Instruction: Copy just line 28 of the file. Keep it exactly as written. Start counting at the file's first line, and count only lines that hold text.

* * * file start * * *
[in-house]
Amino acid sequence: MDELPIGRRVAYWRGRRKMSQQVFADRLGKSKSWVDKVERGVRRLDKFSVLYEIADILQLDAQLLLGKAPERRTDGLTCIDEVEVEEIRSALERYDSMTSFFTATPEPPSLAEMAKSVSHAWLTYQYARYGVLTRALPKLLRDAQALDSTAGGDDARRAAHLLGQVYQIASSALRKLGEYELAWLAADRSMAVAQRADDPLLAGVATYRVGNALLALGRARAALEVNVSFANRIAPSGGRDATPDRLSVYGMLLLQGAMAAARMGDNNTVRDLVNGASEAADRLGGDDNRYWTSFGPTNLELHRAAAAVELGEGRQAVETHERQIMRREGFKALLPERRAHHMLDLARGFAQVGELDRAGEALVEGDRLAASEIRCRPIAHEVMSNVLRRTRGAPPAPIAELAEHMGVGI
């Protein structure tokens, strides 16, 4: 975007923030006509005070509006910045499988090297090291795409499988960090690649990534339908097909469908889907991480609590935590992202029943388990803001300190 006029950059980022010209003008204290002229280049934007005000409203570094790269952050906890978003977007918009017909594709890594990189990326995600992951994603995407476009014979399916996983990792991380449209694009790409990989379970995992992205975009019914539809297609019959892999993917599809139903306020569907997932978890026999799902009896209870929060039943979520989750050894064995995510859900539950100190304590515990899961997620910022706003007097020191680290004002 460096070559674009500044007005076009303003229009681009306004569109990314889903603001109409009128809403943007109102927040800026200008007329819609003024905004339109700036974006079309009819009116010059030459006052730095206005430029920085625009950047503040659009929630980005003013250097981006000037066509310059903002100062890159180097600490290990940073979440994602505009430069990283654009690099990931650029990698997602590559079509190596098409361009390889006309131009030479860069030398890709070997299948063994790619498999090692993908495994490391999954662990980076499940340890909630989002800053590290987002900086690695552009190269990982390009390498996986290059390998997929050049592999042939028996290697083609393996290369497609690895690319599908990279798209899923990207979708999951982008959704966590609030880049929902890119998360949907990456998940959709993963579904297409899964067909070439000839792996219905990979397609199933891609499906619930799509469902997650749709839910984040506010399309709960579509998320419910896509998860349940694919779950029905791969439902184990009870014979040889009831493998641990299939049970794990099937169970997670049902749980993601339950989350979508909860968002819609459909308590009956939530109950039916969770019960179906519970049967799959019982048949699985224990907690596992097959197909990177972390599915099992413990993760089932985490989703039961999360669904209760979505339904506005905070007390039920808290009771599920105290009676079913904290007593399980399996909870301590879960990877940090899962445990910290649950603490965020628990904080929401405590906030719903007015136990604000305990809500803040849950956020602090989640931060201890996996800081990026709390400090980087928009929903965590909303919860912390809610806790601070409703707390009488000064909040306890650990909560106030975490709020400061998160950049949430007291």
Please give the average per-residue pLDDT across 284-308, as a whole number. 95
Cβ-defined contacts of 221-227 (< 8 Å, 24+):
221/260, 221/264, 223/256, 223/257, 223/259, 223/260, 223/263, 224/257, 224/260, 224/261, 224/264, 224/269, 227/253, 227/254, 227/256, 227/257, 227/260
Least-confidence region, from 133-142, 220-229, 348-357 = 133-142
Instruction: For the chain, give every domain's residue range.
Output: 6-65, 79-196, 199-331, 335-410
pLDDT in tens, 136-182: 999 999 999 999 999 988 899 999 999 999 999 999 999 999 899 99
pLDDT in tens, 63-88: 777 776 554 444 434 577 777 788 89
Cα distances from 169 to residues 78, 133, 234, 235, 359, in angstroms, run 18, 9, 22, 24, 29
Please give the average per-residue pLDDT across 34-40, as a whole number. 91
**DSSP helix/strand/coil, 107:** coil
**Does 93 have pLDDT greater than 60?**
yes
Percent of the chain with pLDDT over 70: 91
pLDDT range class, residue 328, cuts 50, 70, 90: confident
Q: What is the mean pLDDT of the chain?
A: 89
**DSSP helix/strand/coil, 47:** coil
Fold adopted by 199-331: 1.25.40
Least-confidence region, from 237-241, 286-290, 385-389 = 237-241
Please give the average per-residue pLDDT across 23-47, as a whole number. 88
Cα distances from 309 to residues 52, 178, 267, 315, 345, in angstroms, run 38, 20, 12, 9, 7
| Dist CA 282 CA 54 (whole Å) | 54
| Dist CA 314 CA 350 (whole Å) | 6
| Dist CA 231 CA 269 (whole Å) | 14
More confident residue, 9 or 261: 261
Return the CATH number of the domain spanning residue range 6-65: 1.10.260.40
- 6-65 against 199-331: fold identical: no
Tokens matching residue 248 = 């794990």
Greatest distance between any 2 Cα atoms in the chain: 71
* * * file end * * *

| Dist CA 231 CA 269 (whole Å) | 14